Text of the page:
This week’s edition of The Edge has a feature on legaltech in Malaysia.
The article — titled “Innovation and the legal profession” — features quotes from TheMalaysianLawyer.com’s Marcus van Geyzel, as well as Cherilyn Tan (Asia Law Network), Eric Chin, Fahri Azzat (Fahri & Co and Locum Legalis), and Noemie Alintissar (Future Law Innovation Programme, Singapore Academy of Law).
The High Court in its Grounds of Judgment dated 20 June 2018 in Abdul Rahman bin Ismail v Pembangunan Qualicare Sdn Bhd (Penang High Court Winding Up Petition No. 28-6-01/2013) made an interesting observation when there are competing nominees to be appointed as liquidator in a court winding up.
The High Court raised the possibility of a need for a mini trial in order to test the suitability of the two competing liquidator nominees. Continue reading
Almost five years after the first draft rules to introduce the “group practice” model to Malaysian law firms, the Legal Profession (Group Law Practice) Rules 2018 (“GLP Rules”) have been gazetted, and will be coming into operation on 30 June 2018. The GLP Rules are available here.
The group practice model — which allows law firms to band together in a larger set-up and share resources while retaining the separate firm identities — has the potential to greatly benefit smaller law firms in particular.
Unfortunately, the GLP Rules that have been finalised and put forward by the Bar Council are flawed, and this will very likely result in the interest in, and benefits from, the group practice model being severely limited.
Ng Jern-Fei QC is a Malaysian and an English barrister and who was recently made Queen’s Counsel in February 2018. On 18 June 2018, Jern-Fei was very kind to speak at an interview session hosted by the Asian International Arbitration Centre. The session was titled ‘Defying Expectations: Thoughts on life as a barrister and the opportunities and challenges at the Bar.’ Some of the areas covered his motivations to practice at the English Bar, his successes and failures, and the skills needed to be an advocate.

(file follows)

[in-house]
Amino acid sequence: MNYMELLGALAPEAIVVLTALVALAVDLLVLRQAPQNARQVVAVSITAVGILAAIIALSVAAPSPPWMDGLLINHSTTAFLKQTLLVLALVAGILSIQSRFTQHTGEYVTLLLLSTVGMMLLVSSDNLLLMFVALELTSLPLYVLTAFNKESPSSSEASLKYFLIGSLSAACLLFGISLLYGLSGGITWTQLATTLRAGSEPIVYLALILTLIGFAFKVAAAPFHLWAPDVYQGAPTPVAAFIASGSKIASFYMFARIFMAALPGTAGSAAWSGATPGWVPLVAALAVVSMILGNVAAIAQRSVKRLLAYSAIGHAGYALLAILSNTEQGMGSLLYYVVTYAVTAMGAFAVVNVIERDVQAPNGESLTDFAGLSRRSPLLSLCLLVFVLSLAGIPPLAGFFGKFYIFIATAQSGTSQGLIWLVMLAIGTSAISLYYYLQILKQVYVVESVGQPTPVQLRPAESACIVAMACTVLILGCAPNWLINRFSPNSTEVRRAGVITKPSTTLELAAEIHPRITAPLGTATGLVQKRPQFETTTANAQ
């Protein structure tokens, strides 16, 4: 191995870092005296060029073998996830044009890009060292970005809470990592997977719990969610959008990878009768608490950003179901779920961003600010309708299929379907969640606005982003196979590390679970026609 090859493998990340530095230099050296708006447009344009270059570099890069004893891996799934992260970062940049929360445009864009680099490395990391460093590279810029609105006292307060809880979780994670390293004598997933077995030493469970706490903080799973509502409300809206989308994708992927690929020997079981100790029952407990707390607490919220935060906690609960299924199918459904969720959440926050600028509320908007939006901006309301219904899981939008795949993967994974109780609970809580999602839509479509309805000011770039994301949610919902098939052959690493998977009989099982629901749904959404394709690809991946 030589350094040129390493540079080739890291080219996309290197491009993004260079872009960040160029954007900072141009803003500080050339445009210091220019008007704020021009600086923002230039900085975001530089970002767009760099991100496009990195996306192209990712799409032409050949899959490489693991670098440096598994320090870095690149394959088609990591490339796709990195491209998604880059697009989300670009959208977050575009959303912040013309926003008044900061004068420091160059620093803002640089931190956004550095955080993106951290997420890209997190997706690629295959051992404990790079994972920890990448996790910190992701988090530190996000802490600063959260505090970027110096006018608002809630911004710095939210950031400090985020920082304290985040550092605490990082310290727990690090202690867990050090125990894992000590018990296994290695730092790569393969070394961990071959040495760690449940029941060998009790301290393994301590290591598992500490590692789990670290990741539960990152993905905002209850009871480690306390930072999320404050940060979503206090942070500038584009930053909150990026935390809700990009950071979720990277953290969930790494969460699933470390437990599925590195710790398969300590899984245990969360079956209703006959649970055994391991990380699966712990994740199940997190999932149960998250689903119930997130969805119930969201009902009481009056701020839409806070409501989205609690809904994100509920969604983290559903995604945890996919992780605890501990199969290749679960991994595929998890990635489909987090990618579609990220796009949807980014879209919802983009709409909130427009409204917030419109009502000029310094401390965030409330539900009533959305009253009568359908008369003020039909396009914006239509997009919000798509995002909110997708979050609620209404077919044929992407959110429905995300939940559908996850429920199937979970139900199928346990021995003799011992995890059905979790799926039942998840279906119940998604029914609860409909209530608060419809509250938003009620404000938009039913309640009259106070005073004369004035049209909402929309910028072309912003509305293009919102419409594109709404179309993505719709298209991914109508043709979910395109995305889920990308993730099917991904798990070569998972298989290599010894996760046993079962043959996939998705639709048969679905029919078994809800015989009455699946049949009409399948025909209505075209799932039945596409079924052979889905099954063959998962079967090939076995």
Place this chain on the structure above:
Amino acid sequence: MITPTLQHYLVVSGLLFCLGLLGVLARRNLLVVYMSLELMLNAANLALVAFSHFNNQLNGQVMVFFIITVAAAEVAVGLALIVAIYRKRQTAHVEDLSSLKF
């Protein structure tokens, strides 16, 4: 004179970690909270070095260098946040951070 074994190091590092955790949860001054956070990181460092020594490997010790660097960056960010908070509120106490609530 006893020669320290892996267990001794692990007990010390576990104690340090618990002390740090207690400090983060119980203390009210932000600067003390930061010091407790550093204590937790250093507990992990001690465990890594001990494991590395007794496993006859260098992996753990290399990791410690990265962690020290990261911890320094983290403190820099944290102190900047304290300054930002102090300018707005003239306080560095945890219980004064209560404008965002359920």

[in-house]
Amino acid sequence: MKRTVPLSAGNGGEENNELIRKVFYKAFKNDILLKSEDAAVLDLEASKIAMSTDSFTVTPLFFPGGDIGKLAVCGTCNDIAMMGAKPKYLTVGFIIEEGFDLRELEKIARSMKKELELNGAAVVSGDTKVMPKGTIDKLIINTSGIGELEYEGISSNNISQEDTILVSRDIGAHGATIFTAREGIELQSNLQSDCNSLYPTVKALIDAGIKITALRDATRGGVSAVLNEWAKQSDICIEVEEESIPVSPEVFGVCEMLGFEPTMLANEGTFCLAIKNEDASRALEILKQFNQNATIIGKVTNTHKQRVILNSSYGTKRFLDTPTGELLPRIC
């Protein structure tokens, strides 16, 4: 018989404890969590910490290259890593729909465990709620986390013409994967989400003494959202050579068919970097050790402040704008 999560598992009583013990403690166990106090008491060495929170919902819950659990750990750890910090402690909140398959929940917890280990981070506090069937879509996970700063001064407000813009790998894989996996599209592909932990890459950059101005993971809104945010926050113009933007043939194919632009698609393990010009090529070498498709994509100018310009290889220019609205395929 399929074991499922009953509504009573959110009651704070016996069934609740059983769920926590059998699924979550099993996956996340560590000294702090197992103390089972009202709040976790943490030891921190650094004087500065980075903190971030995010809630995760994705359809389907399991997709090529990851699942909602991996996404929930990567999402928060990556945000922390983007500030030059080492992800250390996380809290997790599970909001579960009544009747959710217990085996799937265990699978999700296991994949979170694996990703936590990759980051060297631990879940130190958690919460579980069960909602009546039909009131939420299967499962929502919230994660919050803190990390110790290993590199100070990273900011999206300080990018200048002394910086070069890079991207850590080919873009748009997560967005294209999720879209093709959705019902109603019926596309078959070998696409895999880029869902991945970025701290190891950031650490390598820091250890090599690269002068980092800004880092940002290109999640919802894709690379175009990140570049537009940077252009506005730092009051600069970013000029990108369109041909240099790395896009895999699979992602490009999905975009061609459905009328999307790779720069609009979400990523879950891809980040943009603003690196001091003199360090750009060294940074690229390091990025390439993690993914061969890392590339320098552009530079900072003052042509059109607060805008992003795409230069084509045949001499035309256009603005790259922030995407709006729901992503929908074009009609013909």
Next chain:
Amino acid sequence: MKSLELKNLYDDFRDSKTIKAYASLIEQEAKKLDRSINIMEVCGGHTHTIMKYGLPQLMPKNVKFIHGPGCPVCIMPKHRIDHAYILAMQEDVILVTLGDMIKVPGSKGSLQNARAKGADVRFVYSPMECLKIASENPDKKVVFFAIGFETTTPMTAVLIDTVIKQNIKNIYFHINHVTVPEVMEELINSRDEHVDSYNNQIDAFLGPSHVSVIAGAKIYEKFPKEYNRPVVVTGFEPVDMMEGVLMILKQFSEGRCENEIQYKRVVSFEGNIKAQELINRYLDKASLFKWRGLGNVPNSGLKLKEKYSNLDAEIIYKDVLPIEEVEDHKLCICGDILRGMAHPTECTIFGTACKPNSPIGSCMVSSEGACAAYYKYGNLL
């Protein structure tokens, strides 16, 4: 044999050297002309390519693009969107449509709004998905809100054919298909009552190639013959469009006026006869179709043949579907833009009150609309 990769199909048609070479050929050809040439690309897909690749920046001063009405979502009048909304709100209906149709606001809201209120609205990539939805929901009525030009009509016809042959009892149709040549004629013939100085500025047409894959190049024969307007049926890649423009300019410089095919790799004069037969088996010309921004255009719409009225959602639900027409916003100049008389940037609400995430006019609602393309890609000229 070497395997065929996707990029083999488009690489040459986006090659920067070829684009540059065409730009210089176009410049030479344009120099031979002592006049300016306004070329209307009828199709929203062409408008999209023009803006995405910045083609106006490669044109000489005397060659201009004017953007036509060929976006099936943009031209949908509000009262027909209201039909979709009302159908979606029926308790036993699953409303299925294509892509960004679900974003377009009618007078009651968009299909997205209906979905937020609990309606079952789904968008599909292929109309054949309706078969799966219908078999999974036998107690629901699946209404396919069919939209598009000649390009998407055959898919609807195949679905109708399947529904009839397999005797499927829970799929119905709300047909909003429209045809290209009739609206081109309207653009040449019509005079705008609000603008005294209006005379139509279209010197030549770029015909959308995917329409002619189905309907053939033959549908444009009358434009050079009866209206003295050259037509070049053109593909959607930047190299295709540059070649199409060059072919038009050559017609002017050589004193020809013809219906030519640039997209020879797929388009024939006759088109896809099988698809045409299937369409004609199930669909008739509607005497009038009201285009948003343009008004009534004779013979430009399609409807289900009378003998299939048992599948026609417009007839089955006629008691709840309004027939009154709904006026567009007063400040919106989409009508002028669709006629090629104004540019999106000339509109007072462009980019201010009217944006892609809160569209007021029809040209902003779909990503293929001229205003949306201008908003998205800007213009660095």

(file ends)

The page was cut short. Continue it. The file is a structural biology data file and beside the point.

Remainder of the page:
It was a very interactive interview event with the interviewers Tatiana Polevshchikova (Senior Case Counsel, AIAC) and Crystal Wong (Senior Associate, Lee Hishammuddin Allen & Gledhill). There were also a lot of questions from the floor, with the majority of attendees drawn from young lawyers, law graduates and law students.
It was an inspirational session. Jern-Fei was very generous in sharing his knowledge and experience. I have had the privilege to have worked with Jern-Fei on several matters over the years. He is a role model for many lawyers and Malaysians out there.
Set out below are excerpts I took from the session. Any misquotes or inaccuracies are mine alone. Continue reading
Loh Siew Cheang’s Corporate Powers Accountability (Third Edition) is a must-have for corporate litigators and corporate lawyers
A master craftsman would have essential tools for his trade. Likewise, a corporate litigator would have with him the essential text of Dato’ Loh Siew Cheang’s Corporate Powers Accountability.
Loh’s seminal text saw its second edition published in 2002. Sixteen years later, I looked forward to reading a copy of the third edition which was published in May 2018. I received a review copy of the book thanks to LexisNexis’ collaboration with The Malaysian Lawyer. I am extremely grateful to the publishers for extending me a copy of this book and the book will immediately find its place on my bookshelf.